By Alicia Adamczyk
February 23, 2017

Americans aren’t letting the Republican party repeal the Affordable Care Act without a fight.

At a town hall meeting Wednesday night, Arkansas Senator Tom Cotton—one of Obamacare‘s biggest foes—faced tough questioning from his constituents about what will happen to the health care law. Katy McFarland, a 25-year-old from the Ozarks, gave a stirring defense of the ACA, saying if it were to be repealed, she would die.

McFarland has Ehlers-Danlos Syndrome, a disorder that, before the law was passed, would have precluded her from coverage as a pre-existing condition. She said,

Without the coverage for pre-existing conditions, I will die. That is not hyperbole. I will die. Without the protections against lifetime coverage caps, I will die. Without the Obamacare exchange health care plan that I have elected to continue after my Cobra that is going to kick in after I turn 26 this coming Sunday, I will die.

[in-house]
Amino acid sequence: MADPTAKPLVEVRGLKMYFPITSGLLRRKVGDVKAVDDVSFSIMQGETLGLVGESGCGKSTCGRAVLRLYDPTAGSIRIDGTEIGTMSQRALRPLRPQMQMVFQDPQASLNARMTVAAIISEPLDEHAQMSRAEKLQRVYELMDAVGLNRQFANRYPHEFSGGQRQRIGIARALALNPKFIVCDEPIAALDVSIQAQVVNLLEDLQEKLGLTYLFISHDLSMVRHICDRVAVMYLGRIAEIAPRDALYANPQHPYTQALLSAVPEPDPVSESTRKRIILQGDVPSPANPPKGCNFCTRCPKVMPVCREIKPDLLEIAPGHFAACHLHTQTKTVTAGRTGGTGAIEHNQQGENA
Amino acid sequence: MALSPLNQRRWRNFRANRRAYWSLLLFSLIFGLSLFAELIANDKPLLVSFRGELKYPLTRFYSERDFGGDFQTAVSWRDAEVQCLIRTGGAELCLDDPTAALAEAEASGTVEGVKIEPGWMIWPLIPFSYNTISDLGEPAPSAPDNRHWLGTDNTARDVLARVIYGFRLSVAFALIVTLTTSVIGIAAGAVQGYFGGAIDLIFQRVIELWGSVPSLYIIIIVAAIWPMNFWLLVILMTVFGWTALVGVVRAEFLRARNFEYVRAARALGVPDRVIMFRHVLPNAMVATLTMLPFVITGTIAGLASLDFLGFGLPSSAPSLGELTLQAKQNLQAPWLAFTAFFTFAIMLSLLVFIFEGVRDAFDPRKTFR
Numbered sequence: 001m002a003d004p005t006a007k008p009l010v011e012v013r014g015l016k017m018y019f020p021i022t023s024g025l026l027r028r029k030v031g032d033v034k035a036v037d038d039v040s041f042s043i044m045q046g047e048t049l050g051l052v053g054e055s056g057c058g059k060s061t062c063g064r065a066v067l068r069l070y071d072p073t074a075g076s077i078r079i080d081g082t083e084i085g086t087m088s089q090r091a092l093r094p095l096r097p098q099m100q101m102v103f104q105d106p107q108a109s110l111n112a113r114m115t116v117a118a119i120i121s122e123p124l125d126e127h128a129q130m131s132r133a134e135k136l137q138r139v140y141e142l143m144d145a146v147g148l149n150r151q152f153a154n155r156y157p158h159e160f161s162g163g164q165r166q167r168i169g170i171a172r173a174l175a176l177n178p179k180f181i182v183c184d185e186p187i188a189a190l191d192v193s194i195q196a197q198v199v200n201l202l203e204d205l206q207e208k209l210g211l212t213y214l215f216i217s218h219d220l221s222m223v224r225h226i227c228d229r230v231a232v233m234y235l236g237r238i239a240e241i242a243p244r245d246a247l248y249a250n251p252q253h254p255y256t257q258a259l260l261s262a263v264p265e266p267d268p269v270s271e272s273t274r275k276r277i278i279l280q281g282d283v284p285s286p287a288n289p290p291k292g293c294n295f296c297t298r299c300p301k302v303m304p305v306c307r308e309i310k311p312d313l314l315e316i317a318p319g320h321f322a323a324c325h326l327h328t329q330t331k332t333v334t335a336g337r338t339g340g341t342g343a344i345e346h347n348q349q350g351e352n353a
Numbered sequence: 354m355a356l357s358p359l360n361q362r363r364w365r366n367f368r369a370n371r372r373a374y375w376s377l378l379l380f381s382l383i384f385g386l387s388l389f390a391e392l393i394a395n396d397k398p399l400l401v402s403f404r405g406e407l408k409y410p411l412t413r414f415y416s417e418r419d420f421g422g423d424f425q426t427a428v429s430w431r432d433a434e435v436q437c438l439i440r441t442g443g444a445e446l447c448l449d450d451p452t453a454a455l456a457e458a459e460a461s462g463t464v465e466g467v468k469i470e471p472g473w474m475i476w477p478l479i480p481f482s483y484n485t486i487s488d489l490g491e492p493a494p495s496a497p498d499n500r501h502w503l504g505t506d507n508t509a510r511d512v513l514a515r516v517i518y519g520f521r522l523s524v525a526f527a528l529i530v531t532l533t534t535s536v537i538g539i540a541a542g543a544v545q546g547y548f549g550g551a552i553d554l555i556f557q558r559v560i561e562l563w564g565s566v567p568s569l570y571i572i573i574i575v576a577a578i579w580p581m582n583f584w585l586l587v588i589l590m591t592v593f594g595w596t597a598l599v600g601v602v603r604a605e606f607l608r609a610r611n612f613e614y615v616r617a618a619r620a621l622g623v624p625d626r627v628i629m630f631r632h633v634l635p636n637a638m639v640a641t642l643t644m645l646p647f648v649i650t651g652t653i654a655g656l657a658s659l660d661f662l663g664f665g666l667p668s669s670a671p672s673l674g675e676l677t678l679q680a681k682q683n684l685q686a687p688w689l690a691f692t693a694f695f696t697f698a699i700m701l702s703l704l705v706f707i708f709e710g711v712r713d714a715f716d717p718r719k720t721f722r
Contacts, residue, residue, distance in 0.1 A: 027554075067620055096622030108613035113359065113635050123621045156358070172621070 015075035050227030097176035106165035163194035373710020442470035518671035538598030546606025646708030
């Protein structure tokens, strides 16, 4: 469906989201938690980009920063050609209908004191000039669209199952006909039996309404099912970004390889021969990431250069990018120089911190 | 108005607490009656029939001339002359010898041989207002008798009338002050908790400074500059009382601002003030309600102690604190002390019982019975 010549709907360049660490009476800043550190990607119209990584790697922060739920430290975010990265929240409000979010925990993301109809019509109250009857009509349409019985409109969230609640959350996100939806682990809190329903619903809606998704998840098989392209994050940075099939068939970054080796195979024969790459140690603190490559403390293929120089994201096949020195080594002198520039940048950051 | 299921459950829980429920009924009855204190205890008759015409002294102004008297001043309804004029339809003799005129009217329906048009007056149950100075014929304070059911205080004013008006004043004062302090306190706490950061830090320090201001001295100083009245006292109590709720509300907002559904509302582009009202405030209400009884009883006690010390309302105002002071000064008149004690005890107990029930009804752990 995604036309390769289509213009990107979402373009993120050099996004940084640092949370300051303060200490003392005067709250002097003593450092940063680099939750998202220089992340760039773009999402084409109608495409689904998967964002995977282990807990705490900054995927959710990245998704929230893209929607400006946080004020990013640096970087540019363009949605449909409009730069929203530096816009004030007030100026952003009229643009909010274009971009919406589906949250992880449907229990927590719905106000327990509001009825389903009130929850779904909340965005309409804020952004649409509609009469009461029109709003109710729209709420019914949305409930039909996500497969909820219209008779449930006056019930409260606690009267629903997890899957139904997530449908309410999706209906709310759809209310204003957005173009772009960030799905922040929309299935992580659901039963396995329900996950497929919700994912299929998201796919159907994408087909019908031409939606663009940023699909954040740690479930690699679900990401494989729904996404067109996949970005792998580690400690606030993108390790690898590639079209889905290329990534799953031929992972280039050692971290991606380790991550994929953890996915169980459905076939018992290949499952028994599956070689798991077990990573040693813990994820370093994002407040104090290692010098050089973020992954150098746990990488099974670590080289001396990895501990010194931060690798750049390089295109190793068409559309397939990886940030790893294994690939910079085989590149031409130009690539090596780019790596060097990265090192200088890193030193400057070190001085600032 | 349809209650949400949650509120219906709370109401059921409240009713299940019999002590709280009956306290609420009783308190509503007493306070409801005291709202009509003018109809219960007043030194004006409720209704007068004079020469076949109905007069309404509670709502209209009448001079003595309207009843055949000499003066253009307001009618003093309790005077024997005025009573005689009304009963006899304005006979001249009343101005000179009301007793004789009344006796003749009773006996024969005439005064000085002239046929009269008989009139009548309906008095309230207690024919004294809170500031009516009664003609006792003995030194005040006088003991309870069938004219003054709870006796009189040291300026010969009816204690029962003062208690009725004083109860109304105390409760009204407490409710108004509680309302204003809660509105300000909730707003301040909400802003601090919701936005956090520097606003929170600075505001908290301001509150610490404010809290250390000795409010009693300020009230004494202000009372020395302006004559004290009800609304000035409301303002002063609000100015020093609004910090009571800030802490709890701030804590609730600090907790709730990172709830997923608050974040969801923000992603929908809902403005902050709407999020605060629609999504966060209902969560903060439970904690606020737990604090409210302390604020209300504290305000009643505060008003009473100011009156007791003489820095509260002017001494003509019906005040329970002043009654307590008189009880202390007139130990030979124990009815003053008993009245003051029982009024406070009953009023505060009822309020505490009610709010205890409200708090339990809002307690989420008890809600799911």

McFarland asked Cotton if there would be a plan in place to avoid coverage gaps “the second the repeal goes through.”

Cotton responded, “I’m committed to, after repealing Obamacare, to health care reform.” He then tried to change the narrative, saying, “everyone in this room has been hurt, or helped, by Obamacare,” after which he was booed by the crowd. McFarland responded that she had “only been helped.”

Another woman told Cotton that her husband has dementia and relies on Medicare. “I’ve got a husband dying. And let me tell you something. If you can get us better coverage than this, go for it,” she said.

This latest impassioned testimony to hit the web follows Senate Leader Mitch McConnell and Iowa Senator Chuck Grassley facing tough questions this week and earlier this month, Tennessee Rep. Diane Black got an earful from a constituent.

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